ana-air canadia-bank Silk-air nissan acleda cab-bank

Marika Els’ ‘And Then I Lost My Mind…’

Som Kanika / Khmer Times No Comments Share:
Before. Supplied

Marika Els showcases her artworks that depict loss, death and rebirth, a search of a stable self and self-acceptance. Som Kanika was at her exhibition.

All the unspoken words, all the bottled up emotions and insecurities – how should we deal with them?

For Marika Els, art is the answer. The painter-slash-puppeteer-slash-teacher from South Africa poured all heart out into the canvas, creating pieces of magical and meaningful paintings that speak of her story.

Instinct. Photo: Supplied

In an exhibition she called “And Then I Lost My Mind…”, Marika showcases her paintings that depict loss, death and rebirth, a search of a stable self and that ever elusive self-acceptance. Marika’s paintings were exhibited at Cloud on December 6.

“A wise man once told me to paint or draw when I feel overwhelmed and incapable of expressing my emotions. Later that same year, it was all I could do to stay afloat. I guess you could say that life happened and something broke in me and the only way I could deal with things was to lock myself up in my cave of paintings, puppets, and mountains of coffee, and to paint,” she shared.

Marika started mixing colours and shapes when she was young, her home’s walls and furniture served as her first canvas. She shared that it was her father who encouraged her to create art.

Think Happy Thoughts. Photo: Supplied

“He was my first critic, and the thought of him encouraging my passion inspired me to take a leap and have this exhibition,” she said.

“And Then I Lost my Mind…” was Marika’s first solo exhibition ever in Cambodia. She arrived in Phnom Penh in March 2015 and has been living as an ESL teacher since then.

Her paintings and works are a synthesis of expressionism, surrealism, and whatever else she feels like experimenting with, at any given moment. She enjoys challenging herself artistically in order to find new ways to escape and express her reality. When she can’t use words, she paints.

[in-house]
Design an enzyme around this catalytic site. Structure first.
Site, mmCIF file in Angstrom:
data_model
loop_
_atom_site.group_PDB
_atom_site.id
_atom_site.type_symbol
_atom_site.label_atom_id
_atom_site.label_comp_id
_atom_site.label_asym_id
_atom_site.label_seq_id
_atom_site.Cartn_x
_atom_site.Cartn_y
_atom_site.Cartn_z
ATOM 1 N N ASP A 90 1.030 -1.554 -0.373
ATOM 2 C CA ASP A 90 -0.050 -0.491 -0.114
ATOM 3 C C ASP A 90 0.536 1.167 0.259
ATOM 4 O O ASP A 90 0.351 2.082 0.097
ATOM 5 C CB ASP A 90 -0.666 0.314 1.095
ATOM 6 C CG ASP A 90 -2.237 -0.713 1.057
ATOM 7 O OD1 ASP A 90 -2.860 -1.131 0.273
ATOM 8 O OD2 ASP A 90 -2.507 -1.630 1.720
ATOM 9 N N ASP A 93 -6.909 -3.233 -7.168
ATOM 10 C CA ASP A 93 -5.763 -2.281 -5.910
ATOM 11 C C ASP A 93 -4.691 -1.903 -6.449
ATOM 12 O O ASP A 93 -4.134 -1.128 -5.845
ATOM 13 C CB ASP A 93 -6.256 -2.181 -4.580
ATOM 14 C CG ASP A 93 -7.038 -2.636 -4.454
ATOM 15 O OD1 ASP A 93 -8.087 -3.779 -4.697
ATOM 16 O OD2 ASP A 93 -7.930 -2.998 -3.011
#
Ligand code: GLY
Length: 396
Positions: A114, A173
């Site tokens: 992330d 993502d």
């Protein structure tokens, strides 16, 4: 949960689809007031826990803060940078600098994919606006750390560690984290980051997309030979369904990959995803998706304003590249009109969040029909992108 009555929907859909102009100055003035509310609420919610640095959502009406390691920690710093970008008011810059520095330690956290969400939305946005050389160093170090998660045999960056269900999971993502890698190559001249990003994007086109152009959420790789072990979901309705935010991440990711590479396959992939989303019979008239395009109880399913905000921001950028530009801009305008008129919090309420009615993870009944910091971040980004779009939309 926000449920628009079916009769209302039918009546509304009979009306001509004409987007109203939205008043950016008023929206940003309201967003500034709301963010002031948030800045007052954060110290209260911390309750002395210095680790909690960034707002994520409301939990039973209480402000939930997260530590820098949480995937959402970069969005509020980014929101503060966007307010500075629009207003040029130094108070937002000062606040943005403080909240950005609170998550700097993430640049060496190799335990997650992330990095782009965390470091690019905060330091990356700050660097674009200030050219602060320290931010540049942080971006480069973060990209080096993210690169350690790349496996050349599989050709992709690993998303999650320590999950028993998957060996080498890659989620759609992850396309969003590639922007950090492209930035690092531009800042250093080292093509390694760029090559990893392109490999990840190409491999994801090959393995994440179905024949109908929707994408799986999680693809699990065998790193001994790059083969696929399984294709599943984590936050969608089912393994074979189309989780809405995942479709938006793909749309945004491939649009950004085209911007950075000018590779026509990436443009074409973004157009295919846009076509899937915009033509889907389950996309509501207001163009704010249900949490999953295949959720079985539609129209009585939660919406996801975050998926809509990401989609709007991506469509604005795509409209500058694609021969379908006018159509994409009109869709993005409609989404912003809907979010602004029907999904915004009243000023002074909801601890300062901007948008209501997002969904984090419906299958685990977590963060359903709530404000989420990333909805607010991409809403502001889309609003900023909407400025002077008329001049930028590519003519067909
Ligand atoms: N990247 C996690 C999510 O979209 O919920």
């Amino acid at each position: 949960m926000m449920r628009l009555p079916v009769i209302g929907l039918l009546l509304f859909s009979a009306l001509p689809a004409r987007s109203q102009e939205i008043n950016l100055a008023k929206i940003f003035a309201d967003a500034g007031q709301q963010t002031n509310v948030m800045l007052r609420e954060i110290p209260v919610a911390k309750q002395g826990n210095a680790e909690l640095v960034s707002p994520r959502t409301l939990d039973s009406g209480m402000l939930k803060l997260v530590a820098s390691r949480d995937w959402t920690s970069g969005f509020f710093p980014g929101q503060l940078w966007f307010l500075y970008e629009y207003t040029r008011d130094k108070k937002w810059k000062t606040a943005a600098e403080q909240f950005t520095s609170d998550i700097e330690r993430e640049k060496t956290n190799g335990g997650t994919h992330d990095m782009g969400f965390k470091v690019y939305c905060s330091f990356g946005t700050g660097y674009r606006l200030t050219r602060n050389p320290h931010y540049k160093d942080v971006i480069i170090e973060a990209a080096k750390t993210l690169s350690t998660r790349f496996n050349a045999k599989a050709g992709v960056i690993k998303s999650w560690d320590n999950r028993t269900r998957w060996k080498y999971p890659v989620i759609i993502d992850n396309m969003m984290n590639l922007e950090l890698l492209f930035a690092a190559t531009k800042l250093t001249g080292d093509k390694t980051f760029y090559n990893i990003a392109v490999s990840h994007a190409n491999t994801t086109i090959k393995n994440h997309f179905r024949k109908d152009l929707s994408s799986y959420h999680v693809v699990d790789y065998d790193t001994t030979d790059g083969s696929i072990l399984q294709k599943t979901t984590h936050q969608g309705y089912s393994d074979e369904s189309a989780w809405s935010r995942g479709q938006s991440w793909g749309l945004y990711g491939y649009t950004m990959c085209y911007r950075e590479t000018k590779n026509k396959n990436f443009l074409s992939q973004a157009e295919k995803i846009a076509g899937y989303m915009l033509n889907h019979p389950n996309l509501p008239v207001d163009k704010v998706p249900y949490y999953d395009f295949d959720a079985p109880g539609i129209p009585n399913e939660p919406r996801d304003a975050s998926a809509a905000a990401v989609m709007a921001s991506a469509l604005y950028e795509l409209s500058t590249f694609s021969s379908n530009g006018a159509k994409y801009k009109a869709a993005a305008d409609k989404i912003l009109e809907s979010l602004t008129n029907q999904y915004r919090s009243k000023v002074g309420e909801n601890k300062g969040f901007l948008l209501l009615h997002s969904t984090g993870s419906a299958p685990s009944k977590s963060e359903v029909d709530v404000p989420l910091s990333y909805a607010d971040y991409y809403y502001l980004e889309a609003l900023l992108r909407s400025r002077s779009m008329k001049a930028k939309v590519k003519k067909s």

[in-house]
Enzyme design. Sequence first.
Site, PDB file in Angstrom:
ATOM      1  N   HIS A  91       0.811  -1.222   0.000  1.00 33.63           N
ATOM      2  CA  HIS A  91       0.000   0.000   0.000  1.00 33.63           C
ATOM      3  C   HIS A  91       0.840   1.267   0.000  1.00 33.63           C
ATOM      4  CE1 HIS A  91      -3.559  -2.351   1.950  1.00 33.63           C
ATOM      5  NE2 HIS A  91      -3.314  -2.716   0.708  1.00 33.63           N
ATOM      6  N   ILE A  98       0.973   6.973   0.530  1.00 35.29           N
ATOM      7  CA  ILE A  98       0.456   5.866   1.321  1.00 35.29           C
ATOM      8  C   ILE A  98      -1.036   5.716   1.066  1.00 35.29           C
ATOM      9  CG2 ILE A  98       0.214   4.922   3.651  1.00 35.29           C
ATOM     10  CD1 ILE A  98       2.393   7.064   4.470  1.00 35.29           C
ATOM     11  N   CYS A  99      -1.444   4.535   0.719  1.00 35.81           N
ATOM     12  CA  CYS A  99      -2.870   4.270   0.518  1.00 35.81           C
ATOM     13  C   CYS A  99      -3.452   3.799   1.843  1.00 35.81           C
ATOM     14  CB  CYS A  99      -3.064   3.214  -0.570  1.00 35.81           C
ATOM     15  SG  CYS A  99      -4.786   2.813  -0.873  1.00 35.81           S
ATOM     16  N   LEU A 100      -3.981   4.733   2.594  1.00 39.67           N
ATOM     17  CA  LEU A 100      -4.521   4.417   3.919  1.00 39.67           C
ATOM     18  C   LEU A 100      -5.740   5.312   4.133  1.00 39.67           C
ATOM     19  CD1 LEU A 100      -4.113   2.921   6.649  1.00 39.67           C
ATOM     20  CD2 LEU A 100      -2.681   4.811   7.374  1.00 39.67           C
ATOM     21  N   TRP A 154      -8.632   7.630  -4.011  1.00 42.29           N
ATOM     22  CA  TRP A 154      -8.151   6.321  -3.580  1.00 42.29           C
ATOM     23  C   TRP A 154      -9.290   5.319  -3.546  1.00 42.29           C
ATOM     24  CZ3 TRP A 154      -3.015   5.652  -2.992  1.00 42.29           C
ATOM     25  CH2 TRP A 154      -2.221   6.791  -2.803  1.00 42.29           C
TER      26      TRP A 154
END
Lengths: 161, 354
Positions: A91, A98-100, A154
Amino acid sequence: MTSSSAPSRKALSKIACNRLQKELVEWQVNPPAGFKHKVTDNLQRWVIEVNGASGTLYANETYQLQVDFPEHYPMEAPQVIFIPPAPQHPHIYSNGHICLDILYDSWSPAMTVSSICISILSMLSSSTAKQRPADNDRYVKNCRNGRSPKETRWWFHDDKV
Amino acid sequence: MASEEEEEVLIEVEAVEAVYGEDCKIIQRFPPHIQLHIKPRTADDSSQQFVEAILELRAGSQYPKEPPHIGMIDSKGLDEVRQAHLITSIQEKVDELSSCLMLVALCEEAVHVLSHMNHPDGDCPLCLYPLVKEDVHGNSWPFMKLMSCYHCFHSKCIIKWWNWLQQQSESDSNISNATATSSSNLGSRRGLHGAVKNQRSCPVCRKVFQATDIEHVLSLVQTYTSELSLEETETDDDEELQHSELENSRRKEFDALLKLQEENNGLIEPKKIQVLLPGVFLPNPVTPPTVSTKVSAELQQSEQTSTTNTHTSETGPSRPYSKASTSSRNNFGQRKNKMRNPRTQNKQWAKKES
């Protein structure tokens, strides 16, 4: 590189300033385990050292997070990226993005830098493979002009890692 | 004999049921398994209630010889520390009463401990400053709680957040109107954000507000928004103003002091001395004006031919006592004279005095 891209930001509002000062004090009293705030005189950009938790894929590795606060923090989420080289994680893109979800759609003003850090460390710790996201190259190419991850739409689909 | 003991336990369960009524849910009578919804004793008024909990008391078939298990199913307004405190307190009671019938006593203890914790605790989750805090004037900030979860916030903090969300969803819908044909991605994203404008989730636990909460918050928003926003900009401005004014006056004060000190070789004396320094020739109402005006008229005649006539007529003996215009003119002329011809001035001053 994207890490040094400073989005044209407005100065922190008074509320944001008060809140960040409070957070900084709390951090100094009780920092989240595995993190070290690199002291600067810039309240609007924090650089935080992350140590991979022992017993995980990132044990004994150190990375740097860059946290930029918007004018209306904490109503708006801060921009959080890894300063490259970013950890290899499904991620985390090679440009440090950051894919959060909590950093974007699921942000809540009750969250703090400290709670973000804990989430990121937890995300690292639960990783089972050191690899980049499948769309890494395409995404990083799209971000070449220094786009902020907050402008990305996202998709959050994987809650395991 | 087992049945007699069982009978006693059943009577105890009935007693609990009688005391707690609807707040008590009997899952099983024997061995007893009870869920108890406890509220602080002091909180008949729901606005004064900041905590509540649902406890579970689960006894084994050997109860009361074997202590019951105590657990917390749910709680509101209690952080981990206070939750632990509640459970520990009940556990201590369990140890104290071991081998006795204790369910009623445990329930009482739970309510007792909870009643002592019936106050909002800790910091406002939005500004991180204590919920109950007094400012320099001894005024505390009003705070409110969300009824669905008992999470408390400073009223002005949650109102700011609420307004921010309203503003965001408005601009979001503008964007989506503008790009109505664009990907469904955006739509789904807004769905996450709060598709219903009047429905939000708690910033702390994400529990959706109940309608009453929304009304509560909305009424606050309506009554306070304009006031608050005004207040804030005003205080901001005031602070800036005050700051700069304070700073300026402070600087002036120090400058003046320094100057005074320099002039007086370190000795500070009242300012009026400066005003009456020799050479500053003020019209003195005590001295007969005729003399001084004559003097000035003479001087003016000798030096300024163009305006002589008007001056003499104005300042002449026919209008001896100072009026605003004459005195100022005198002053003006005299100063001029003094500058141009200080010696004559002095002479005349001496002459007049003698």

“I did not paint these paintings for public viewing but rather they are the products of some serious self-therapy. Putting my thoughts on a canvas was a way to express unspoken words, words I still don’t know how to verbalise, and a way to literally see what the confusion inside me looks like. I wanted to make my darkness colourful. Don’t misunderstand me, I don’t mean to sugarcoat it, but I’m trying to show that all the darkness inside has different facets and shades.

Breathe. Photo: Supplied

“Being able to share my paintings and hear what people see in them and how they can relate to certain pieces was an eye-opening experience. Naturally people might not relate to them in the same way as I do but that’s the beauty of it. We all have different stories.”

Instinct, one of Marika’s personal favourites, portrays a bleeding heart being offered to a cat.

“Truth be told, that painting actually makes me very uncomfortable because it is so childlike and almost cartoonish. But it allowed me to bleed colour – all the colours inside me. It’s about offering yourself without expectation and the willingness to be vulnerable”.

The Hug. Photo: Supplied

 

Related Posts

Previous Article

The man’s menopause

Next Article

The singing beekeeper